El Palo is a beachside suburb of Malaga, just a 10 minute bus ride outside the city centre. It bustles in the summer months when Malagueñans flock to take respite from the city bustle in their custom-built getaway homes and huddle round beach-based Chiringuito picnic tables whilst tucking into fresh sardines, barbequed on skewers stuck into sand-filled old fishing boats. In the winter it’s quieter for the main part, at least as far as the beaches go. But the grilled-fish-infused smoke still rises from those old fishing boats and boy, does it smell good filtering through that fresh sea air.
From the lengthy promenade and man-made silver-grit-and-balding-grass beaches, you can see the distant, hazy image of Malaga’s centrepiece, the One Armed Lady (the cathedral that was destined for two towers but ended up with just one due to some disagreement with the English by some accounts). It reminds you that you are a stone’s throw from a sprawling metropolis, but have managed to escape to grab a breather from the bibbing horns and laid-back hombre verdes.
At the far eastern end of the El Palo promenade, right opposite the sparkling Mediterranean and satisfyingly shaded from the beating afternoon sun, sits Restaurante El Tintero, a vast wrinkly plastic-windowed marquee capable of seating around 500 hungry diners.
Restaurante El Tintero is an eatery with a difference. Yes, they seat you and ask you what you’d like to drink. And that’s where the similarity with any conventional restaurant ends.
Your drinks arrive, along with a basket containing bread, serviettes and cutlery. Then before you know it, the whole bizarreness of the experience begins to unravel around you.
Charging around you, emanating from all directions, are white-shirted waiters with very loud and quite songful voices. Their arms laden with plates of fish, they are calling to all of us wide-eyed, in-awe diners, ‘gam-bas; gam-bee-tas; dor-a-da; lu-bee-na; langos-tee-nas; cala-mar-eeees.’ They are beating the aisles between the neatly laid-out tables, showing the latest fresher-than-fresh ocean delights that have been despatched from the kitchen for immediate consumption.
Hungry? Then shout! As loud as you can before the camarero passes, otherwise one of your fellow diners will lay their hands on the plate you’re after. ‘Aqui, aqui!’. Give me that dish! And how you gloat when the one you want lands on your table! It’s like you’ve won the lottery, or found hidden treasure!
The atmosphere is furious. No physical fights break out, but arms are waving, hands are beckoning and voices are raised and each table’s mouthpiece gets louder as the dishes sweeping past their noses get more interesting and desirable.
Great, deep-filled bowls of ensalada mixta veined with leaking beetroot go by, whilst pork pinchos and even chicken and chips make irregular appearances to keep any non-fish lovers happy. But this is primarily a fish lover’s place. ‘Pul-po; chip-ir-on-es; len-gua-da; pa-ell-a;’.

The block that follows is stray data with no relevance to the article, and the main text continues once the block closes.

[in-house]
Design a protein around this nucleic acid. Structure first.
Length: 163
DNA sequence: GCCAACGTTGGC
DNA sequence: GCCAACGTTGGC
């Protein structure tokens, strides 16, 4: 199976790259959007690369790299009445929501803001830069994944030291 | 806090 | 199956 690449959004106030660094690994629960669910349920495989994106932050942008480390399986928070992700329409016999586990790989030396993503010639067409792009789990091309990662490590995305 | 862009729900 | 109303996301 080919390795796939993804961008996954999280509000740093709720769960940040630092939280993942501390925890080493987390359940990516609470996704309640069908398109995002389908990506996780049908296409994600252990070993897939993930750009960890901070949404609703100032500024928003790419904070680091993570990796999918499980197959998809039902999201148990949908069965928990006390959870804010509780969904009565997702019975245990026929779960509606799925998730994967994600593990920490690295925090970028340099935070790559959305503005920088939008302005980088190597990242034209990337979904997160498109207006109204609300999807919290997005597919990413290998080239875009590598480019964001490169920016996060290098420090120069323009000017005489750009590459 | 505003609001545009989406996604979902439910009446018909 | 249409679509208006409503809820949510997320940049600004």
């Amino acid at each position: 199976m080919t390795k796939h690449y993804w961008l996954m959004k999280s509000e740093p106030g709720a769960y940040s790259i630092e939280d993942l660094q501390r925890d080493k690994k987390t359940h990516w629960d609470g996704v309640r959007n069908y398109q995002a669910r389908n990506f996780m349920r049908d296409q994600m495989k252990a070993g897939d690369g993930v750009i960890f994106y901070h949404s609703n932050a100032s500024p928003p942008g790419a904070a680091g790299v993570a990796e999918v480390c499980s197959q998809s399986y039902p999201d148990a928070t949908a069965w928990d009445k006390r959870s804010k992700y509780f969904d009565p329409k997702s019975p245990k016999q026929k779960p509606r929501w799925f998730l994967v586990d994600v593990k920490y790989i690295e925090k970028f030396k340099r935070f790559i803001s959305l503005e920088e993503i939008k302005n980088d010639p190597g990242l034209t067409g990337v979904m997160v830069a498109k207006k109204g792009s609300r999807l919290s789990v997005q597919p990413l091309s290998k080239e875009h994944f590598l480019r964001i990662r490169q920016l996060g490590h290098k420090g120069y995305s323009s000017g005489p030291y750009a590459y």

It’s loud in there, but convivial. And exhilarating, because you feel you’re in a special place that not very many people know about. Just you and the 498 people around you who are merrily tucking into their fishy feasts.
At first, you tend to wolf your food down so you can make sure you’re ready for the next wave of outpourings from the kitchen in case you miss something you really want. But then you start to mellow and realise that the dishes don’t stop a-coming at all. You may have to wait for the particular one you want, or one that takes your fancy; but that’s part of the fun. The buzz and hum purrs, and calls of Spanish fish names come in peaks and troughs until every so often, it all stops. Silence descends on the marquee and your ears pop with the sudden lack of sound. Then long-haired, vast fore-headed Guitar Man strikes a chord, glances around his arena, and plays a short selection of Spanish classics before setting off with his hat. Don’t dare give him less than a Euro, he frowns, and it’s not pretty.
Now the noise is back up and the camareros return to pacing the aisles advertising their edible wares. As your plates and glasses stack up on your table, your stomach swells and your head dizzies from a sweet cocktail of wine and atmosphere, you start to realise that it will soon be time to leave. So what now?
You need to flag down the waiter in the blue shirt with the notebook. If you want your bill and you see him, grab him while you can and watch carefully as the mathematics go on behind his furrowed brow. He’ll count your plates and note their size and colour (silver platters are the most expensive), tally up your glasses and then scribble your bill, rounded down to the nearest Euro, on your tablecloth. Then you pay and leave and walk outside into the dazzling sunlight and take a deep breath as you realise what’s just happened.
You’re in. You’ve experienced an intrinsic Spanish tradition, something that very few people will ever share. And boy does it feel good.
Tips: Don’t arrive before 2pm as the atmosphere doesn’t build up before then. Don’t eat too much, tempted as you may be. Don’t worry if on arrival you feel like you’re on the outside looking in, you’ll soon be swallowed up into the ambience.
Restaurante El Tintero, El Palo, Málaga. Open all year for lunch and dinner. And the dining experience of a lifetime.